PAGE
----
When Hurricane Ike arrived in Southeast Texas in September 2008, it was a category two storm with winds peaking at 110 mph at landfall near Galveston.
But it wasn't the wind that devastated Bolivar Peninsula. It was the storm surge.
According to the National Weather Service Houston/Galveston damage survey, 80 to 90 percent of homes in Crystal Beach, Gilchrist and Caplen were destroyed.
In Chambers County, it is suspected that storm surge values reached 15 to possibly over 20 feet.
Galveston Island was hit by a storm surge generally between 10 to 13 feet.
The National Hurricane Center (NHC) says storm surge is often the greatest threat to life and property from a hurricane, yet many people still base their decision to evacuate based on the storm's wind speed or strength.
"Post storm studies over the past several decades have shown that people are not aware of the risk they face from storm surge," explained Bill Read, Former Director of the National Hurricane Center and KPRC Local 2 Severe Weather Expert. "By elevating the storm surge to warning status, the hope is that people will know they are at risk and take appropriate action."
In a recent survey commissioned by Federal Alliance for Safe Homes (FLASH), 84 percent of Americans incorrectly believe the myth that evacuation orders are based on a storm's wind. In actuality, they are mostly based on storm surge and flooding potential.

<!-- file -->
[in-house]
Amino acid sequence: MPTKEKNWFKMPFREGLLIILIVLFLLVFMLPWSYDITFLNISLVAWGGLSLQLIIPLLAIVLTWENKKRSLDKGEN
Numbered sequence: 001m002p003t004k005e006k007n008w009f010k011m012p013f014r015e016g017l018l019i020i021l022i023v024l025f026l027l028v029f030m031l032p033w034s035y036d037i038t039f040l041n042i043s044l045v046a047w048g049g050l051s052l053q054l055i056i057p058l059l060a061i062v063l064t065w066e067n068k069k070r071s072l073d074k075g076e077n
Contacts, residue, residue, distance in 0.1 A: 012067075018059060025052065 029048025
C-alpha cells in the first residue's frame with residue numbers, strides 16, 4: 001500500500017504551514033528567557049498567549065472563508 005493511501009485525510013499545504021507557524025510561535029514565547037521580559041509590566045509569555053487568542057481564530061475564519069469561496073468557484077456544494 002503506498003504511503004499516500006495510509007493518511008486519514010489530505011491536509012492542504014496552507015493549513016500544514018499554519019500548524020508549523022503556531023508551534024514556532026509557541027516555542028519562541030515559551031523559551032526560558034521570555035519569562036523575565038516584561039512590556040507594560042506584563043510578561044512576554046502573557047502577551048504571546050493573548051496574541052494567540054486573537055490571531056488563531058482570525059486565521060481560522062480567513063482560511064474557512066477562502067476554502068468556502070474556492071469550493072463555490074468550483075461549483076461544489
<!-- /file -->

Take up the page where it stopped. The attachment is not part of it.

From 1990-2008, population density increased by 32 percent in Gulf coastal counties (U.S. Census Bureau 2010).
Also consider that much of the US's heavily populated Atlantic and Gulf coast coastlines are less than 10 feet above mean sea level.
That is why forecasting storm surge and its potential inland flooding is so important.
During the 2014 Atlantic Hurricane Season, the NHC is going to roll out a Potential Storm Surge Flooding Map.
The color-coded map will show where along the Gulf coast storm surge could happen and how far inland it will go. Then it will also show how high the storm surge will get.
The storm surge map will be in an experimental phase for the next two years.
"Forecasting storm surge is tricky and filled with uncertainty. The products NHC are testing address the uncertainty aspects," said Read.
After taking input, the NHC will decide if the map will put into full-time operation.
In case a map is issued in our area, here is what you should know about them.
The first map will be issued with the first hurricane watch alert, or sometimes with a tropical storm watch since storm surge doesn't only happen with major hurricanes.
The map's water coverage or overspreading will have a 10 percent chance of being exceeded. So for the NHC, this will represent a reasonable worst-case scenario.
The maps will be issued every six hours along with the latest storm advisories.
Because hurricanes are such dynamic storms, paying close attention to both the storm advisories and the storm surge forecast is very important.
"Just like wind forecasts, surge forecasts can change with each forecast. Forecasts are issued every six hours, and it is important for people to keep up with the latest forecast since it could change the impact expected for them," said Read.